6 Most Common Reasons Why SMEs Fail

It’s a well-known fact that many SMEs fail before they even get off the ground, but you may take comfort in the fact that the number of new businesses has reached record highs in the UK. So if you’ve got an idea you really believe in and can avoid the mistakes below, you may find the potential reward is well worth the risk.

But first thing first: You need to identify why SMEs fail in the first place! Here are six reasons for SMEs failure you need to be aware of.

Failed - going out of business

1. Insufficient planning

Once you’ve made the decision to set up your own business, it’s very tempting to jump straight in and get going – but it’s important to stay focused and remain patient. Creating a thorough business plan is imperative to success and shouldn’t be rushed as the future of your company could depend on it.

Think carefully about your mission and aims, your sales and marketing strategies and your financial forecasts – and if you really don’t know where to begin, there are plenty of accountants who provide tailored advice on business plans as part of their service.

2. Poor financial management

The reason many small businesses fail is simple – they just run out of money. However, proper planning beforehand and a rigorous system to keep on top of finances can make a significant difference to the health of your business.

It’s important to consider just how much money is required to start up – including all the one-off costs involved at the outset – so make sure you have enough capital for those early days. It’s also worth getting to grips with your clients’ pay schedules to help you determine the specific time of the month you want to pay your own bills. For example if you work in an industry where invoices are normally paid on a monthly basis, you might find it difficult to pay all your own outgoings on a weekly basis.

Make sure you always have a contingency – just because a customer has said they will pay that life-changing sum next week doesn’t mean they will – and if you’re relying on that to pay your own bills or staff, then things could end in tears.

3. Overexpansion

Even if your SME is going well it’s important not to get too ahead of yourself and start expanding before you’re ready. For example, if reality doesn’t match your anticipations of growth, then you might take on an extra lease or extra members of staff that you can’t actually afford. Many businesses have failed because they’ve taken on more than they can cope with so make sure you don’t overstretch yourself – especially in the early days.

Nevertheless, it’s also important not to be overcautious. If your financial projections show you can afford to take on that extra lease or member of staff, then don’t be afraid to do so. It’s all about getting the balance right and nurturing slow and steady growth.

Market research and analysis

4. Lack of market research

One of the most important things to think about when starting up an SME is whether people will use your service or buy your product – and if the answer is yes, who are those potential customers? It’s vital you know who to target and how, to research your competitors and to make sure your business has its own unique selling point. What is it that makes you stand out from the crowd and means people should choose you rather than others doing something similar?

Effective market research will help ensure you don’t get lost in a sea of similar brands and end up folding due to a lack of demand.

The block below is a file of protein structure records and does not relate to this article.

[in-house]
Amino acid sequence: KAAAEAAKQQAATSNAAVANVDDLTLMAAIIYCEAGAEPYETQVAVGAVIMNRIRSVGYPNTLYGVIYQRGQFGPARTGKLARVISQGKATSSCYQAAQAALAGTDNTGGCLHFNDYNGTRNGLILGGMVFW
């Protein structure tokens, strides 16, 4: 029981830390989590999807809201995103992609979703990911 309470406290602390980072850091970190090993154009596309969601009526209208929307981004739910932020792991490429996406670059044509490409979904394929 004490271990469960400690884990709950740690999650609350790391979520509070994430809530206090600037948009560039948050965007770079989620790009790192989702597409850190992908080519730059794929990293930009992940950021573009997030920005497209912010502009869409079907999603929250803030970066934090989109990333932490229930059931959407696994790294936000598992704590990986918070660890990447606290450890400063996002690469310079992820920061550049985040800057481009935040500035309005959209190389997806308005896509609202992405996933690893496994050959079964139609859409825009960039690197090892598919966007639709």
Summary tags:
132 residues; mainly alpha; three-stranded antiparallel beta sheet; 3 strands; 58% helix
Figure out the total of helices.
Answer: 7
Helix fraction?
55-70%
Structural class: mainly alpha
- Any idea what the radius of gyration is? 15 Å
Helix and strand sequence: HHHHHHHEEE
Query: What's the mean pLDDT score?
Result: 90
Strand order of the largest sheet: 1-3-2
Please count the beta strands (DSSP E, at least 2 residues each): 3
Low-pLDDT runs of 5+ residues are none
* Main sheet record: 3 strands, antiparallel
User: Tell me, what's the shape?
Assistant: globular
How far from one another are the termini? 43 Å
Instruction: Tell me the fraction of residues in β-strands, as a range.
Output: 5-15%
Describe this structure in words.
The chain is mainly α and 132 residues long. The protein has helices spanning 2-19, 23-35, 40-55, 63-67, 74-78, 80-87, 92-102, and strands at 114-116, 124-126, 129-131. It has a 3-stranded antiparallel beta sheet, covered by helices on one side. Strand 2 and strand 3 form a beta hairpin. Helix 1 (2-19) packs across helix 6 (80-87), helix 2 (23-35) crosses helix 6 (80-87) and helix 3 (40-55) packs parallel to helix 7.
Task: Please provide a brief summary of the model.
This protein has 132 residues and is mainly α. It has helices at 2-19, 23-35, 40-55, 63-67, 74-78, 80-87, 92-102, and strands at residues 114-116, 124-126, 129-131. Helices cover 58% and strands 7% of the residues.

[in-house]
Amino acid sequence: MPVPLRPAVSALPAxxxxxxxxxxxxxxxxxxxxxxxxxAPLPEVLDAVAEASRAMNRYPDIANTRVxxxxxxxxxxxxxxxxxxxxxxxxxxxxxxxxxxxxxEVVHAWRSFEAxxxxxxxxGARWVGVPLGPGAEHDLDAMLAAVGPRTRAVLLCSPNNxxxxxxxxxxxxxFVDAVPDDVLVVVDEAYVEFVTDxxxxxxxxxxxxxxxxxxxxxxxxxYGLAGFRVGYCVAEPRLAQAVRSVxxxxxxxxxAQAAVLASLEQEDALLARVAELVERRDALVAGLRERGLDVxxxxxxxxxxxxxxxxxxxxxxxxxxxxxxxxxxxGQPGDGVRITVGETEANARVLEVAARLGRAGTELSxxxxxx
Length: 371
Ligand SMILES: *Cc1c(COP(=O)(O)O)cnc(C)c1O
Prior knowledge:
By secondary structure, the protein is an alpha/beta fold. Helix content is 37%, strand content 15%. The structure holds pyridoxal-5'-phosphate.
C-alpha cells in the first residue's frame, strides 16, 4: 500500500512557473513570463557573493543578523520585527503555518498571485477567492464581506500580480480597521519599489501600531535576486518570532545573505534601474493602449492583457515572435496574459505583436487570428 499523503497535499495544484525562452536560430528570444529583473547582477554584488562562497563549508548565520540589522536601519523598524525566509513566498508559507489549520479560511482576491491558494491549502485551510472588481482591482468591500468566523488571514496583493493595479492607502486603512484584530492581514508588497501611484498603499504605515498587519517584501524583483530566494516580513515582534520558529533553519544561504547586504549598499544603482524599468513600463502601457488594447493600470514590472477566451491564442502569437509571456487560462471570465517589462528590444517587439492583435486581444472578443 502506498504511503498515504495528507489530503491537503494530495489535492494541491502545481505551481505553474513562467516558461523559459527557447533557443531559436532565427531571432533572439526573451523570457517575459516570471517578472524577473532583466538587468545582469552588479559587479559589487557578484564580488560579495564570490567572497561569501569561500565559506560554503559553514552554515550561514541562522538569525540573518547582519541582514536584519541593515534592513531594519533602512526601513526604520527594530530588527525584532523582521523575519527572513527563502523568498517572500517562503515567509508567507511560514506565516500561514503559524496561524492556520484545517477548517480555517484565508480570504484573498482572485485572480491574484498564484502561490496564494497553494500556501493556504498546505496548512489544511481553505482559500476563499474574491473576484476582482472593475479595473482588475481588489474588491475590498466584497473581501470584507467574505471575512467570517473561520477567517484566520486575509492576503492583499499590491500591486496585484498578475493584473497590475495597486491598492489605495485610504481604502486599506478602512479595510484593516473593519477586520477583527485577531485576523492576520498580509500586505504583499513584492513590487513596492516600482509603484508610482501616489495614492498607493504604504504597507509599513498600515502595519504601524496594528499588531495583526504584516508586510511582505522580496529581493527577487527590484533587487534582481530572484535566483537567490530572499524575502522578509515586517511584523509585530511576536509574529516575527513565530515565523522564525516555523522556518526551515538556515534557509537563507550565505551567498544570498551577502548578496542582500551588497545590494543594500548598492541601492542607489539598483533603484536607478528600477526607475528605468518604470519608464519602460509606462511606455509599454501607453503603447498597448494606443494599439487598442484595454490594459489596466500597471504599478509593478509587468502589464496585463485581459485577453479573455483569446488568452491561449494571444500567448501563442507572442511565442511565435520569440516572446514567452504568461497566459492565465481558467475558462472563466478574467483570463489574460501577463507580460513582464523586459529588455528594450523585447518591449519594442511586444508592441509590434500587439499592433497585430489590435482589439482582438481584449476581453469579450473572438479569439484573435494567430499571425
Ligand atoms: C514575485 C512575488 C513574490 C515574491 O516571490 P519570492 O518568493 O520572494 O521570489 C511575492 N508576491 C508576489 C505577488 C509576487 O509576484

In addition, it’s worth carrying out market research on a regular basis in order to keep up with changes to potential clients’ tastes and preferences.

5. Weak leadership

The sort of skills that may make you a successful innovator do not necessarily mean you would be the best person to run the company.

Heading up any business, especially an SME, requires someone who believes in the product, has the determination and drive to keep going when things get tough, and an ability to keep track of finances. They also need to be an excellent communicator – someone who can bring in new clients, can hire and fire staff and can keep existing customers happy.

So while you might have the skills to produce the product or provide the service that you’re trying to sell, if you haven’t managed a team or developed a business strategy before then your SME may suffer. It’s important to recognise your own strengths and weaknesses in order to give your SME the best chance of survival.

However, that doesn’t necessarily mean you need to diminish your role in the business – why not find a business partner who has the same passion and can bring some of the qualities you may lack?

6. Ineffective marketing

So you’re up and running, you’ve got your team of people and now you need the most important thing for any business – customers. And to attract those, you need people to know who you are, what you are selling and crucially – why they should choose you.

Your initial business plan should include a marketing strategy, outlining factors such as whether to go with the more traditional route of printed advertising or to focus on online marketing via social media. Either way, you should have an attractive, easy-to-use and glitch-free website where customers can find out more about your business because having no online presence is a sure way to give your competitors an immediate advantage.

Don’t be afraid to make use of marketing companies if you fear this might be your weak link – effective marketing is critical to success and too many businesses have failed because people just didn’t know they existed.

Most SMEs have the potential for success but are doomed to fail because of a simple lack of planning or mismanagement of funds. By putting time aside to deal with your finances and by employing the right people, you are more likely to succeed and soon have a profitable business to call your own.